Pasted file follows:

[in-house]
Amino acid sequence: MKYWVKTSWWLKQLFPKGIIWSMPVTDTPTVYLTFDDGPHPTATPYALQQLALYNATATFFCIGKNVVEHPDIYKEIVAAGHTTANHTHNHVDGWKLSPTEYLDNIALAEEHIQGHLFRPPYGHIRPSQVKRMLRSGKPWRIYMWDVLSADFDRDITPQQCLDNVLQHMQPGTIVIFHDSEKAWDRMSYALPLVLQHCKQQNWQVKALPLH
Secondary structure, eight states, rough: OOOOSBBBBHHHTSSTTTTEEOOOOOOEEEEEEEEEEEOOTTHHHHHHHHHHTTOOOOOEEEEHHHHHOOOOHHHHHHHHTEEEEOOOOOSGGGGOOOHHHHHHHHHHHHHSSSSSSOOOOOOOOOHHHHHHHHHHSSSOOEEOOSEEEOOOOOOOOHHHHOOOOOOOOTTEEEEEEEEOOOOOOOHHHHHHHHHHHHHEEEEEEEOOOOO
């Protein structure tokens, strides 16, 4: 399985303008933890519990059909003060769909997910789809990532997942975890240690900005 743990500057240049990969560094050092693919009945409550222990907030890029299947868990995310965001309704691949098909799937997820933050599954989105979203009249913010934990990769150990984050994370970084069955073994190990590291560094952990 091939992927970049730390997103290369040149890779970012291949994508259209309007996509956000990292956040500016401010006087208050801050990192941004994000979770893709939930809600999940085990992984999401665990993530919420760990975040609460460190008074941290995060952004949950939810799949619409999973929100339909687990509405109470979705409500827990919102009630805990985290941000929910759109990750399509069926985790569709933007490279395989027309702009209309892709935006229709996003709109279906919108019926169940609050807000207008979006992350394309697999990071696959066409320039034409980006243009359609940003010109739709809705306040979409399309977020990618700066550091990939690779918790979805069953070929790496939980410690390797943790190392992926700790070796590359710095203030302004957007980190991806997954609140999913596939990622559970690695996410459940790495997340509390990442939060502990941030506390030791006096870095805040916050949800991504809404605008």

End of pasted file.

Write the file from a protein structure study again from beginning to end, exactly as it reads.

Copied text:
[in-house]
Amino acid sequence: MKYWVKTSWWLKQLFPKGIIWSMPVTDTPTVYLTFDDGPHPTATPYALQQLALYNATATFFCIGKNVVEHPDIYKEIVAAGHTTANHTHNHVDGWKLSPTEYLDNIALAEEHIQGHLFRPPYGHIRPSQVKRMLRSGKPWRIYMWDVLSADFDRDITPQQCLDNVLQHMQPGTIVIFHDSEKAWDRMSYALPLVLQHCKQQNWQVKALPLH
Secondary structure, eight states, rough: OOOOSBBBBHHHTSSTTTTEEOOOOOOEEEEEEEEEEEOOTTHHHHHHHHHHTTOOOOOEEEEHHHHHOOOOHHHHHHHHTEEEEOOOOOSGGGGOOOHHHHHHHHHHHHHSSSSSSOOOOOOOOOHHHHHHHHHHSSSOOEEOOSEEEOOOOOOOOHHHHOOOOOOOOTTEEEEEEEEOOOOOOOHHHHHHHHHHHHHEEEEEEEOOOOO
């Protein structure tokens, strides 16, 4: 399985303008933890519990059909003060769909997910789809990532997942975890240690900005 743990500057240049990969560094050092693919009945409550222990907030890029299947868990995310965001309704691949098909799937997820933050599954989105979203009249913010934990990769150990984050994370970084069955073994190990590291560094952990 091939992927970049730390997103290369040149890779970012291949994508259209309007996509956000990292956040500016401010006087208050801050990192941004994000979770893709939930809600999940085990992984999401665990993530919420760990975040609460460190008074941290995060952004949950939810799949619409999973929100339909687990509405109470979705409500827990919102009630805990985290941000929910759109990750399509069926985790569709933007490279395989027309702009209309892709935006229709996003709109279906919108019926169940609050807000207008979006992350394309697999990071696959066409320039034409980006243009359609940003010109739709809705306040979409399309977020990618700066550091990939690779918790979805069953070929790496939980410690390797943790190392992926700790070796590359710095203030302004957007980190991806997954609140999913596939990622559970690695996410459940790495997340509390990442939060502990941030506390030791006096870095805040916050949800991504809404605008």